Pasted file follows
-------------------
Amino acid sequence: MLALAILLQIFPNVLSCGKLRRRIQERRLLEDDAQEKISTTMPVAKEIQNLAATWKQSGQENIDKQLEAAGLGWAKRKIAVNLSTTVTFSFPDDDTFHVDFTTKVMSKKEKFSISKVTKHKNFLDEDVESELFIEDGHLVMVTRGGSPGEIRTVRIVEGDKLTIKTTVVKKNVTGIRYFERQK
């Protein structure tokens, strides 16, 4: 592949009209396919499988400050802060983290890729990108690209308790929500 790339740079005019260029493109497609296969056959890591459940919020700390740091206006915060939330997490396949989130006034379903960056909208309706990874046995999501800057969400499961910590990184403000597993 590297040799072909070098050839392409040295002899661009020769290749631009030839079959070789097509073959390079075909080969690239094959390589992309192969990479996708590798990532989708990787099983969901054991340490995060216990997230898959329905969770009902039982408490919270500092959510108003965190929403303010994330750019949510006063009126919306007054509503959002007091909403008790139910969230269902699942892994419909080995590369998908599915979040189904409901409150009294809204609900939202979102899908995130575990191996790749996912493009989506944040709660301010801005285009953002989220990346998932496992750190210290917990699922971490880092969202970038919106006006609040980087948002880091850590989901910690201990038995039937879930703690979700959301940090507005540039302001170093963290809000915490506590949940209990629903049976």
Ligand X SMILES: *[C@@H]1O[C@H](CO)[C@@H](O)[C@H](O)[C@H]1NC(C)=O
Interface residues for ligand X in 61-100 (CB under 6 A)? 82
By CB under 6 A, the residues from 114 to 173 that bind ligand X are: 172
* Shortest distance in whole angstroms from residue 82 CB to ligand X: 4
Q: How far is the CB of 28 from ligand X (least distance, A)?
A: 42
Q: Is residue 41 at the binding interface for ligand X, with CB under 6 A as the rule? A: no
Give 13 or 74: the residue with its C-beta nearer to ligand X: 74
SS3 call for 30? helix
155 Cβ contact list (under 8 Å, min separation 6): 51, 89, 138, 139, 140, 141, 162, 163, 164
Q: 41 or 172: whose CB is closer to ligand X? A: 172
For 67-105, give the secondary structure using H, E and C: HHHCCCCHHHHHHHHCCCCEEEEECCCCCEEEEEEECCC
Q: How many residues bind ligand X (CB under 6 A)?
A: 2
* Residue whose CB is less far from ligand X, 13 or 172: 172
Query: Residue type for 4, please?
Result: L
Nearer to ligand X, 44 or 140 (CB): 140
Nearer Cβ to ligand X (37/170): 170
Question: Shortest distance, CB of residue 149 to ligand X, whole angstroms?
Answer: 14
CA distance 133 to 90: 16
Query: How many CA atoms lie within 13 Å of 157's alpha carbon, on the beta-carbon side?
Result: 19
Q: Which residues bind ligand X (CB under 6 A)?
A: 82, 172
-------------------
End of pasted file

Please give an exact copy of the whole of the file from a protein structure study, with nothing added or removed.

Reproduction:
Amino acid sequence: MLALAILLQIFPNVLSCGKLRRRIQERRLLEDDAQEKISTTMPVAKEIQNLAATWKQSGQENIDKQLEAAGLGWAKRKIAVNLSTTVTFSFPDDDTFHVDFTTKVMSKKEKFSISKVTKHKNFLDEDVESELFIEDGHLVMVTRGGSPGEIRTVRIVEGDKLTIKTTVVKKNVTGIRYFERQK
């Protein structure tokens, strides 16, 4: 592949009209396919499988400050802060983290890729990108690209308790929500 790339740079005019260029493109497609296969056959890591459940919020700390740091206006915060939330997490396949989130006034379903960056909208309706990874046995999501800057969400499961910590990184403000597993 590297040799072909070098050839392409040295002899661009020769290749631009030839079959070789097509073959390079075909080969690239094959390589992309192969990479996708590798990532989708990787099983969901054991340490995060216990997230898959329905969770009902039982408490919270500092959510108003965190929403303010994330750019949510006063009126919306007054509503959002007091909403008790139910969230269902699942892994419909080995590369998908599915979040189904409901409150009294809204609900939202979102899908995130575990191996790749996912493009989506944040709660301010801005285009953002989220990346998932496992750190210290917990699922971490880092969202970038919106006006609040980087948002880091850590989901910690201990038995039937879930703690979700959301940090507005540039302001170093963290809000915490506590949940209990629903049976």
Ligand X SMILES: *[C@@H]1O[C@H](CO)[C@@H](O)[C@H](O)[C@H]1NC(C)=O
Interface residues for ligand X in 61-100 (CB under 6 A)? 82
By CB under 6 A, the residues from 114 to 173 that bind ligand X are: 172
* Shortest distance in whole angstroms from residue 82 CB to ligand X: 4
Q: How far is the CB of 28 from ligand X (least distance, A)?
A: 42
Q: Is residue 41 at the binding interface for ligand X, with CB under 6 A as the rule? A: no
Give 13 or 74: the residue with its C-beta nearer to ligand X: 74
SS3 call for 30? helix
155 Cβ contact list (under 8 Å, min separation 6): 51, 89, 138, 139, 140, 141, 162, 163, 164
Q: 41 or 172: whose CB is closer to ligand X? A: 172
For 67-105, give the secondary structure using H, E and C: HHHCCCCHHHHHHHHCCCCEEEEECCCCCEEEEEEECCC
Q: How many residues bind ligand X (CB under 6 A)?
A: 2
* Residue whose CB is less far from ligand X, 13 or 172: 172
Query: Residue type for 4, please?
Result: L
Nearer to ligand X, 44 or 140 (CB): 140
Nearer Cβ to ligand X (37/170): 170
Question: Shortest distance, CB of residue 149 to ligand X, whole angstroms?
Answer: 14
CA distance 133 to 90: 16
Query: How many CA atoms lie within 13 Å of 157's alpha carbon, on the beta-carbon side?
Result: 19
Q: Which residues bind ligand X (CB under 6 A)?
A: 82, 172